When I was in college and for many years after, I worked for the Virginia Beach Leadership Workshop, a program run by the city school system in Virginia Beach, Virginia. It’s a camp, basically; in addition to leadership training, it has all the trappings of a regular sleep-away camp: decades of history, traditional songs, athletic competition, nightly skits, summer love (some years), intense longing (every year), and moments of epiphany.
I didn’t know it at the time, but it was at VBLW where I started my career in education. It’s where I learned that I loved teaching, even if I wasn’t especially good at it.
It’s also where I was introduced to a short book called The Silent Majority: The Problem of Apathy and the Student Council, written in 1971 by Kent M. Keith. Keith’s thesis is that there are legions of students who wander through schools each day feeling no connection to the institution or those who fill it. He describes that existence as “…a world of lost longings; of things one would like to do but does not have the ability to accomplish…or of things one would like to understand, but does not have the insight for…a world which, if painless, may seem empty and meaningless” (4). It seemed (and seems) to me to be at best a sad way to go to school, and at worst a scenario with potentially tragic consequences. To Keith, student activities exist as an antidote to this – as a potential conduit for connection between students and the school. Student leaders, then, are the primary catalysts to create a culture of acceptance and mutual value in schools.
Given that I totally bought what Keith was selling, it’s not hard to understand why, halfway through Donna Hicks’ Dignity: Its Essential Role in Resolving Conflict (2011), I wanted to stand up and cheer when I encountered an analysis of “the profound human desire to belong, to feel the comfort and safety that acceptance brings” (48). Dignity is a book with some age on it now, but that hasn’t stopped it from regularly surfacing at conferences and in conversations with educators. And with themes ripped right from the philosophical playbook of any caring educator, this important book is indeed worth reading.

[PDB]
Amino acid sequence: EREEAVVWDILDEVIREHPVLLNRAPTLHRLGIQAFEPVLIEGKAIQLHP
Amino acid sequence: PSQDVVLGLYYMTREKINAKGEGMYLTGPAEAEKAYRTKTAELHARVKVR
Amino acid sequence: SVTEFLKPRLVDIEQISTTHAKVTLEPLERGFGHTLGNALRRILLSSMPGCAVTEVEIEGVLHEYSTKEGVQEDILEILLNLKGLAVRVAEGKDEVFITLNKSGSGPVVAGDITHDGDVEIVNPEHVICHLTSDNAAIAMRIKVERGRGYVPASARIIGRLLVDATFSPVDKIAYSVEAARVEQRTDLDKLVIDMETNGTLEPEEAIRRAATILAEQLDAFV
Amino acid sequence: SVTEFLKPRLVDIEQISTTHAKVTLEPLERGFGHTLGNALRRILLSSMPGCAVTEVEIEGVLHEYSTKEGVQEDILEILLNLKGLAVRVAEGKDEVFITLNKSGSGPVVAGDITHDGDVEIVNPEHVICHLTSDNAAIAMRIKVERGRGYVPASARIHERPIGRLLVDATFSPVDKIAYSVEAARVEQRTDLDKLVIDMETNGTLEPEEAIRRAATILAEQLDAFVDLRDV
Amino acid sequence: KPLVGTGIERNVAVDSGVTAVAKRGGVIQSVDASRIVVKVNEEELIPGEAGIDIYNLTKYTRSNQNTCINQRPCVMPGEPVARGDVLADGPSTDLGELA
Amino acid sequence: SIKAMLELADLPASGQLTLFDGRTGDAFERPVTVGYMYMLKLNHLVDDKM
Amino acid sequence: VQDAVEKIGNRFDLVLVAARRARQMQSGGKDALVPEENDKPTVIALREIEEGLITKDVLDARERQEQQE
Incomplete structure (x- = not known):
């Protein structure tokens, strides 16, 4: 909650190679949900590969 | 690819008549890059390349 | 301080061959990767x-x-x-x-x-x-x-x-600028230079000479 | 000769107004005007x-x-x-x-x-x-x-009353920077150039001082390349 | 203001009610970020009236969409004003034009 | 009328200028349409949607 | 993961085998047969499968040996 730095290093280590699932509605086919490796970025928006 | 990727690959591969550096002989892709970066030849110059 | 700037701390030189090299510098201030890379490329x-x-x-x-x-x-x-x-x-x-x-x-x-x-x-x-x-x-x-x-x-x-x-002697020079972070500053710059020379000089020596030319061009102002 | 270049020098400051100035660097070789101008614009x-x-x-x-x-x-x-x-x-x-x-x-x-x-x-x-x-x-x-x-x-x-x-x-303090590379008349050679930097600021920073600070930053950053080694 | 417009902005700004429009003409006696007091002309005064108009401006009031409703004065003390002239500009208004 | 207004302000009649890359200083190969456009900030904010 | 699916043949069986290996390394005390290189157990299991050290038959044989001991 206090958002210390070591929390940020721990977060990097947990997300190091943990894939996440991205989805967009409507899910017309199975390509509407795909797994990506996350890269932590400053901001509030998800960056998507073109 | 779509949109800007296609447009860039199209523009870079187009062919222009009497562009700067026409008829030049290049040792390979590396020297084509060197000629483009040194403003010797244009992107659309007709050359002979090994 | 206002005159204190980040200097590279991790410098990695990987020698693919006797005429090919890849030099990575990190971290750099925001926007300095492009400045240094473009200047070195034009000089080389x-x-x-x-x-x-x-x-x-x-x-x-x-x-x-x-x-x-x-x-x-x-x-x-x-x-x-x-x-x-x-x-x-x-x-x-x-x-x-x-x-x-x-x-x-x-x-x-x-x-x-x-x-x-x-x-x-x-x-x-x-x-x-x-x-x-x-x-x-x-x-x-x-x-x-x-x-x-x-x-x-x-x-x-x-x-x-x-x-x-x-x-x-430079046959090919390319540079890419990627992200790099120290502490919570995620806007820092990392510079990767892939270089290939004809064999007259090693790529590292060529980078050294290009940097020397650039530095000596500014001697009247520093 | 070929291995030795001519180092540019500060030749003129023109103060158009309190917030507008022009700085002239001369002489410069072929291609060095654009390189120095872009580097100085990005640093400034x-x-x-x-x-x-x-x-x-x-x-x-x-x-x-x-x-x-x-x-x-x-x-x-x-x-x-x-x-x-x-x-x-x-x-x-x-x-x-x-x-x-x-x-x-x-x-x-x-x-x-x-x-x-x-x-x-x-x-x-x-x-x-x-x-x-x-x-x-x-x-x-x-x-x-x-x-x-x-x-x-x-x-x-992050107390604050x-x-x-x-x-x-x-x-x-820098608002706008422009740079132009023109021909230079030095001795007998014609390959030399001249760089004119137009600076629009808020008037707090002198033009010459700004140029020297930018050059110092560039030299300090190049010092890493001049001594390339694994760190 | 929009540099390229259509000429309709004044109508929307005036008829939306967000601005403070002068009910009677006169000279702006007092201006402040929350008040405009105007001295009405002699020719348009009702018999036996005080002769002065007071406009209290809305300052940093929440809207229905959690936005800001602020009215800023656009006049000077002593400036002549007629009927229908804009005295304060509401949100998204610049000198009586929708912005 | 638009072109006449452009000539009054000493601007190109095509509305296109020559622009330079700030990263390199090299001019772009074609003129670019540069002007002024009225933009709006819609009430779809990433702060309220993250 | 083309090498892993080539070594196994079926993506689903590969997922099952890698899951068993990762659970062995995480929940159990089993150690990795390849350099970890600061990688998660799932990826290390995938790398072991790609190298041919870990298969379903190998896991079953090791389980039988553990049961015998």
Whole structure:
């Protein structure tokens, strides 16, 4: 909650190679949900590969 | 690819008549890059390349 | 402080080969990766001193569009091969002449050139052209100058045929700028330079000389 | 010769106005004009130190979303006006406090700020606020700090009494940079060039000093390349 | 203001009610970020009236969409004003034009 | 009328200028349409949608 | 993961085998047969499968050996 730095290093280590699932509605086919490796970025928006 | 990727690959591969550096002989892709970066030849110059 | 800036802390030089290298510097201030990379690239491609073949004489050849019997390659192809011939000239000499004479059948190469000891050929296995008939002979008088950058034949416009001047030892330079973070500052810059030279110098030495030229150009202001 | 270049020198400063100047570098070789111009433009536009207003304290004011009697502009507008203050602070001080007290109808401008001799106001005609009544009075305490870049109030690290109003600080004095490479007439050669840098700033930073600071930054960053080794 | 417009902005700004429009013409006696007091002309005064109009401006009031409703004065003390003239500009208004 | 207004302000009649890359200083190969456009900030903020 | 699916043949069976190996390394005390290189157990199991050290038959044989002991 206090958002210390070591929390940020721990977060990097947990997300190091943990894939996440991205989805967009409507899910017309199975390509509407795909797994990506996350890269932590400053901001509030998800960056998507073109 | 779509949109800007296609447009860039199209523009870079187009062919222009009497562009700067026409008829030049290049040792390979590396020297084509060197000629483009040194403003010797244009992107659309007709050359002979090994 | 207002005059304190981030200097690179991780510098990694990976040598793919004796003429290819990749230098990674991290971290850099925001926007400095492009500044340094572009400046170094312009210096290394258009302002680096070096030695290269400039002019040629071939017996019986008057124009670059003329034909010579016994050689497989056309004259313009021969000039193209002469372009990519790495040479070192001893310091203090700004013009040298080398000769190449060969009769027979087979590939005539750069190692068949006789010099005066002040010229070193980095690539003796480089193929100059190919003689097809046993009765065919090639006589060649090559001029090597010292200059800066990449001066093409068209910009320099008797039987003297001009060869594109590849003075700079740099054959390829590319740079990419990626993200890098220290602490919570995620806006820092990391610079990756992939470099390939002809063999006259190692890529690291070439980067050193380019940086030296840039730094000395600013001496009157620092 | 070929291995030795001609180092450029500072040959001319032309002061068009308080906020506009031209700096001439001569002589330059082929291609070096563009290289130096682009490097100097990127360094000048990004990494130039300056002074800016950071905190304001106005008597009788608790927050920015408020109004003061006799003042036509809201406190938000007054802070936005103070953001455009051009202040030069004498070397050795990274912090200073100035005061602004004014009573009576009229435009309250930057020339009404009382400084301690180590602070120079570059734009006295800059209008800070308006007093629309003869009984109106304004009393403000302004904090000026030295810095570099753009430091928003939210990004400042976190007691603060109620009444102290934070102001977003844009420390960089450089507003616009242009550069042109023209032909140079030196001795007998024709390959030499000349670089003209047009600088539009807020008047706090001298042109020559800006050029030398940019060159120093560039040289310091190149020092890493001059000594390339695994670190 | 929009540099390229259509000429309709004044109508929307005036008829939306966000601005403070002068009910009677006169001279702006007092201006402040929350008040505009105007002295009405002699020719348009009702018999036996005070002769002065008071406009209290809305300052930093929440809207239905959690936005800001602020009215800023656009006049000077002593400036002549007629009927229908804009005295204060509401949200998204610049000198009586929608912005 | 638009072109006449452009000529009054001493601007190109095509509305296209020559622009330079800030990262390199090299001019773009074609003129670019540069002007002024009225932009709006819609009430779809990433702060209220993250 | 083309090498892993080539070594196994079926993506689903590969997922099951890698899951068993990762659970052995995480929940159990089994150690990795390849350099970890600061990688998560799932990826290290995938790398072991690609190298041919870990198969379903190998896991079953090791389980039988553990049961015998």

Dignity also comes at a critical time in our evolution as a species and as a nation, beset as we are by the difficulty we have in connecting with each other in authentic ways. As Hicks rightly notes, “We all seem to know how to belittle and criticize others” (13) (thanks, Snap Chat!) Hicks believes we can re-learn to connect with and value each other – and, what is more, to create genuine cultures of dignity. I hope she’s right.
Hicks defines dignity as “an internal state of peace that comes with the recognition and acceptance of the value and vulnerability of all living things” (1). She contends that violations of dignity are often at the root of conflict (she ought to know; she’s mediated intractable conflicts between warring parties across the globe), that treating others with dignity is a fundamental human right, and that establishing a culture of dignity is essential to organizations that want to thrive.
Dignity’s organization is simple. Part one describes the essential elements of dignity; for example, giving people the freedom to express their authentic selves, making others feel like they belong and are safe, treating people as equals, and believing what others think matters. Operationalizing this section of the book would help make every conversation in a school more authentic and our schools feel more welcoming. All educators would be wise to commit to memory its precepts. (I am tempted to send copies to our state legislature).
The second section is an analysis of what violations of dignity look and feel like. Not surprisingly, these violations are easy to commit, and it’s even easier to play an unwitting role in violating our own dignity. Hicks maintains that most of this – avoiding conflict, saving face, resisting feedback, blaming others to avoid guilt — stems from a deep-rooted desire for self-preservation.
The final section of the book is a treatise on how to reconcile conflicts by using dignity. It contains an extended recounting of a reconciliation that Hicks helped mediate between a former member of the IRA and a British police officer he shot and almost killed. Hicks contends that recognizing dignity has the potential to heal deep rifts between people.
One of the most poignant anecdotes Hicks shares is her fish-out-of-water story of leaving Madison, Wisconsin for a fellowship at Harvard. Upon arrival in Cambridge, and for a variety of reasons feeling inadequate and unworthy, Hicks found herself questioning her decision to join this new community. It wasn’t until she was literally welcomed with open arms by a colleague that she began to feel safe and valued. How many of our new families or faculty feel that same indecision, panic, and dread when faced with joining our school communities for the first time – or, after, when they feel their dignity has been violated? It’s fun to envision the schools we would have if all of our constituents — every family, employee, and alum — felt as Hicks did when her colleague exclaimed, “Welcome, we’ve been waiting for you!”
A version of this review appears online here.